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BOE listens to concerns about Common Core

By Staff | Sep 11, 2013

A visitor to the Tyler County Board of Education’s meeting on Sept. 3 questioned the curriculum program called Common Core.

Fred Dailey discussed concerns that he and his friends have about a curriculum program called Common Core. Dailey is a Pleasants County resident and a member of a group called Constitutional Advocates. He stated he spent most of his working life in Tyler County and has many friends here.

“There are a lot of things that concern us going on today,” said Dailey. “With the NSA spying on citizens and the IRS after conservatives who believe in the constitution.”

He expressed concern that Common Core was a step toward “nationalizing the education system.” He said that his group would like to have the representation of officials to stop this from happening.

“We don’t want an outside agency or the federal government, even the state government, meddling in the business which we believe is the community’s business.”

He encouraged the board to look into the other side of Common Core. Although acknowledging that there are some good things in the program, he said that particular aspects of it are disturbing.

“Our governor signed a memorandum that basically signed up the state to Common Core and basically gives away the state’s rights to a consorting group to develop the standards which we the state would adopt, without necessarily having anybody in the state necessarily involved.

“When we met with West Virginia Board of Education, Gayle Manchin stood up afterward and said that the teachers in West Virginia helped develop the standards. Not true at all. There were no teachers in West Virginia that helped develop those (standards). In fact, two weeks later in the legislative meeting, one of the board members corrected that statement and said they (W.Va. teachers) reviewed them. Our teachers never had a chance to get involved in Common Core.”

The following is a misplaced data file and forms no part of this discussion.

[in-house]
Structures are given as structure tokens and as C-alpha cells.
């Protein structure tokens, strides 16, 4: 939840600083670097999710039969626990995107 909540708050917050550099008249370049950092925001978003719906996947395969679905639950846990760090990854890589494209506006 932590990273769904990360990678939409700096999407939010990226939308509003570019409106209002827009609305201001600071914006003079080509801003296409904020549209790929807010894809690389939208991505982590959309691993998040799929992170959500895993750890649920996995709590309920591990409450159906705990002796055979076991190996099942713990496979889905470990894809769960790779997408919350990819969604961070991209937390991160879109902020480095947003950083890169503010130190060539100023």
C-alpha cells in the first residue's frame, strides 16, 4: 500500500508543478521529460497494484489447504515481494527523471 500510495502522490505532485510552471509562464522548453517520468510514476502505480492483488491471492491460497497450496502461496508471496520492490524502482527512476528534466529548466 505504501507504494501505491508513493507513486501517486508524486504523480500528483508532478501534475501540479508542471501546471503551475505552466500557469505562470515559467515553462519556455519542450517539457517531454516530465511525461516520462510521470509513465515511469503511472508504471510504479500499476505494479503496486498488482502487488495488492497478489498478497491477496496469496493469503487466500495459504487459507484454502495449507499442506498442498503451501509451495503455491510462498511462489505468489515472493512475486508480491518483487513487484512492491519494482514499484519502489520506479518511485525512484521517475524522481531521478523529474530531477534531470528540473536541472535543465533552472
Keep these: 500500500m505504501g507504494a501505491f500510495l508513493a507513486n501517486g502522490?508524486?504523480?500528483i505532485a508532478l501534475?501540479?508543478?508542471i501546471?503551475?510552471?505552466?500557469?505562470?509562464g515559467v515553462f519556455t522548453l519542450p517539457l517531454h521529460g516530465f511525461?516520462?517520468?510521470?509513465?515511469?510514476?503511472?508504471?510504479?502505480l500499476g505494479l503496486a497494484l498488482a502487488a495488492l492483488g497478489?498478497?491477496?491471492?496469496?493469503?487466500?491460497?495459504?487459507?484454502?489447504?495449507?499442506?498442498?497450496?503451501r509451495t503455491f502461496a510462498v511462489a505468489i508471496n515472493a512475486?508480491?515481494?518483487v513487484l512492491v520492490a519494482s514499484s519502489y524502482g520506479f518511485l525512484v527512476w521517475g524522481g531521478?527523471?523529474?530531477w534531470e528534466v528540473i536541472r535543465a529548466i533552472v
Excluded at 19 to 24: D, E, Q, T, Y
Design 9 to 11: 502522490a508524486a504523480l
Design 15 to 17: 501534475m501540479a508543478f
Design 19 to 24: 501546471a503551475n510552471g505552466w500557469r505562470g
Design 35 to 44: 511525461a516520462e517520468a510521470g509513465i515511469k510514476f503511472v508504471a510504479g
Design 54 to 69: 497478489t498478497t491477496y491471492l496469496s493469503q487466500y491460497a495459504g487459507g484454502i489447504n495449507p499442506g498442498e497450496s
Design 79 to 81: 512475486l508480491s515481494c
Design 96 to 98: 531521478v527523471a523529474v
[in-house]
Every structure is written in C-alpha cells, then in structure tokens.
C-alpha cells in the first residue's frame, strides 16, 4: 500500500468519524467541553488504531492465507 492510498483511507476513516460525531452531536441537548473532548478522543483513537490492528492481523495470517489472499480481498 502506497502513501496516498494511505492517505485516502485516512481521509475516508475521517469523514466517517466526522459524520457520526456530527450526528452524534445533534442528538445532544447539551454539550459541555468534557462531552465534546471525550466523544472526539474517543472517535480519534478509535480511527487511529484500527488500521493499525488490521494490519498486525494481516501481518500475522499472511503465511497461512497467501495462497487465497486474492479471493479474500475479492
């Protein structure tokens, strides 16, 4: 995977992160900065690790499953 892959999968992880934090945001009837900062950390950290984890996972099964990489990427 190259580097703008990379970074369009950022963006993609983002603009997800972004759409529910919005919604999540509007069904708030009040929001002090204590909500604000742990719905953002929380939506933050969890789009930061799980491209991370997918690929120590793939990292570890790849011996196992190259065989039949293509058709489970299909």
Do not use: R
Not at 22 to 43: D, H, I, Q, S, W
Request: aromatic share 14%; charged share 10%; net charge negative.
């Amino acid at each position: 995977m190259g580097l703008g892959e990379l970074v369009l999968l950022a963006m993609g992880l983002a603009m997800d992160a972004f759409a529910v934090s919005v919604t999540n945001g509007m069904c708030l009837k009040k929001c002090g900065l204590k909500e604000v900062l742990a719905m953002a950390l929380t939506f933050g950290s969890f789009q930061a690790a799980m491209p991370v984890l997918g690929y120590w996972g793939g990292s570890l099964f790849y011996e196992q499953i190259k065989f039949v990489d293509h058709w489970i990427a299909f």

As well as the consorting group, Dailey said that the program would also be used to collect data on students.

“In that letter the (state) superintendent sent you all, it said the data won’t be shared. Our governor signed a legal contract that said it will be. It will be shared with the other states, and they have a contract that says they will share it with the federal government and third parties.”

He suggested that a law can be enacted to prevent that data from being shared with other states. However, he stated that this collection of data is what drives Common Core.

Dailey spoke highly of the reputation of the Tyler County school system, saying he would hate to see it “diluted” over time. He asked the board to look into the cost and data aspects, as well as the decisions that would be taken out of their hands if the program was implemented. He asked that a discussion about Common Core be placed on the agenda for the Sept. 30 meeting, at which time he said another representative could more fully explain the issues.

“Thank you for coming,” said School Board President Linda Hoover. “We appreciate it.”

Other board members also thanked Dailey and members of Constitutional Advocates for coming to the meeting.